Now, this certainly isn’t the first time the EPA has had brick manufacturers in its sights. I’m sure we all remember the EPA’s decision in 2004 to reopen the maximum achievable control technology (MACT) rule, as well as the U.S. Court of Appeals 2007 ruling that rescinded those standards. Interestingly, the EPA is now asking industry representatives to participate in a Small Business Review Panel, which will apparently have a chance to comment on the 2010 proposed rule. Will input from the brick/structural clay industry really affect the EPA’s new regulations? Time will tell, though I must admit to a fair amount of skepticism.
Brick has long been the siding option of choice for homeowners. In fact, according to a recent survey conducted on behalf of Boral Bricks, nearly two-thirds of homeowners with a preference would choose brick. With society’s increasing focus on green/sustainable options for every product under the sun, though, it’s a sure bet that fly ash brick are going to garner some interest. Fly ash brick are produced from waste material and, according to the company that opened the Wisconsin plant, they reduce energy requirements and CO2 production by 85% when compared to traditional clay brick.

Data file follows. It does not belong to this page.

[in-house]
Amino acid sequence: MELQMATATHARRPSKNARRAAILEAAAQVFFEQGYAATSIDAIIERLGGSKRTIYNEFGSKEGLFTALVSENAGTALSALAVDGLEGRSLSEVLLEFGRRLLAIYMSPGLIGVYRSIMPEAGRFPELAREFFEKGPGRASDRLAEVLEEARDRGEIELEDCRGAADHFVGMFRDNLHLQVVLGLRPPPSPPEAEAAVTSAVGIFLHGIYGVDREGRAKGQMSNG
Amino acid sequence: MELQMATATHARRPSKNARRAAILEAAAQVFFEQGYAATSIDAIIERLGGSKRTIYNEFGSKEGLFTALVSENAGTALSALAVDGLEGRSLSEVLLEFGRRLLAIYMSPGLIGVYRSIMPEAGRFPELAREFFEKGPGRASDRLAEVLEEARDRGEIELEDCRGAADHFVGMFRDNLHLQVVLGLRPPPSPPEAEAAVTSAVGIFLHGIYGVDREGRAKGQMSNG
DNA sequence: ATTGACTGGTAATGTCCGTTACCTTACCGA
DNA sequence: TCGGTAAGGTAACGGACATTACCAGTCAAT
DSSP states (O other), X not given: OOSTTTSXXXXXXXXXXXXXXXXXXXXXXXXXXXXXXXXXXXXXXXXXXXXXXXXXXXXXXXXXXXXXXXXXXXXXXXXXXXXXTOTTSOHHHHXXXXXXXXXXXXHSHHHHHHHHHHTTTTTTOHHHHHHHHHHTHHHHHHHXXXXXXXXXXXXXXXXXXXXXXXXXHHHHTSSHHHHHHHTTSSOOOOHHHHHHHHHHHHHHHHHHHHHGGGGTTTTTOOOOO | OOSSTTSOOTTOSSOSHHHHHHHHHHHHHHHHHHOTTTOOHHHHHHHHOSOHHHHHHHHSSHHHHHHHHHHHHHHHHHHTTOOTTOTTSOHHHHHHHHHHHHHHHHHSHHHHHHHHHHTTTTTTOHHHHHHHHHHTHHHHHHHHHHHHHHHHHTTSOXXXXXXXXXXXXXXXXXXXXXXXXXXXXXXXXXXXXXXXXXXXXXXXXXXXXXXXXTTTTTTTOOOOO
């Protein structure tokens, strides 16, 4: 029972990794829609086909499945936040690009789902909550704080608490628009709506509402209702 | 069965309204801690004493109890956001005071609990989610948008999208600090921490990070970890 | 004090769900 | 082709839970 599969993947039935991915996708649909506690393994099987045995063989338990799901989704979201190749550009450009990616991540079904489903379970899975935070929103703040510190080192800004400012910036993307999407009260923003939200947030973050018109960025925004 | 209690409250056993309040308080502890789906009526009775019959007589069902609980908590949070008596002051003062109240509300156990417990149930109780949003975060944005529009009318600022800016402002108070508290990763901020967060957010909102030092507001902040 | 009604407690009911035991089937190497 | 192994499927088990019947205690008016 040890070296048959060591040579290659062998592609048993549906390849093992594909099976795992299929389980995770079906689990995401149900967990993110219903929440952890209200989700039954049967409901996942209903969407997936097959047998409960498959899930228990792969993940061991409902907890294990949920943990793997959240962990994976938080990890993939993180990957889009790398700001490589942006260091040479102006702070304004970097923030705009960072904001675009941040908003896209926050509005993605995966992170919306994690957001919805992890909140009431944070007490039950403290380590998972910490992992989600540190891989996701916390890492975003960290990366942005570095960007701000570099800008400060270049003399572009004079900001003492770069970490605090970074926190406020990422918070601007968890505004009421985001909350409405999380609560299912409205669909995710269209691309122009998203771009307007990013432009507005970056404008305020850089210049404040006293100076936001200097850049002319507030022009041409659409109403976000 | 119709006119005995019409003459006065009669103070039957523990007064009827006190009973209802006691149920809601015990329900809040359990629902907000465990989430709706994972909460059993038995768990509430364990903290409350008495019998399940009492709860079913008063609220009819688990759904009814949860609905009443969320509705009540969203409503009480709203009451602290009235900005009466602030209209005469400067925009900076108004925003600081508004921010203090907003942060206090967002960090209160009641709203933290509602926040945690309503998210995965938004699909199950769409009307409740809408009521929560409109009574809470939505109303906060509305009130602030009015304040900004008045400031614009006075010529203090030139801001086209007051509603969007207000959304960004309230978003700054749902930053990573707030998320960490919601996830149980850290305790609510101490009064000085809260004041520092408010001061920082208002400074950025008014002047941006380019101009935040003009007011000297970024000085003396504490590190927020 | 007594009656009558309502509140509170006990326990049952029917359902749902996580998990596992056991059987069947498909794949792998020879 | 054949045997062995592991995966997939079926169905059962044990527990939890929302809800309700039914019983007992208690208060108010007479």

The good news is that the Brick Industry Association (BIA), which has long touted brick as a sustainable green building material, has co-developed a new program to help manufacturers certify their environmental claims (additional details will be available in the February 2010 Brick & Clay Record). Still, 85% is a big number, and the fly ash brick manufacturer intends to open at least five more plants in the coming years.
It almost seems as though the brick industry is facing a war on two fronts. What actions are manufacturers taking now, and what can the industry do in the future, to address these issues? Please share your thoughts by leaving a comment below, or feel free to contact me directly at firstname.lastname@example.org or (330) 336-4098.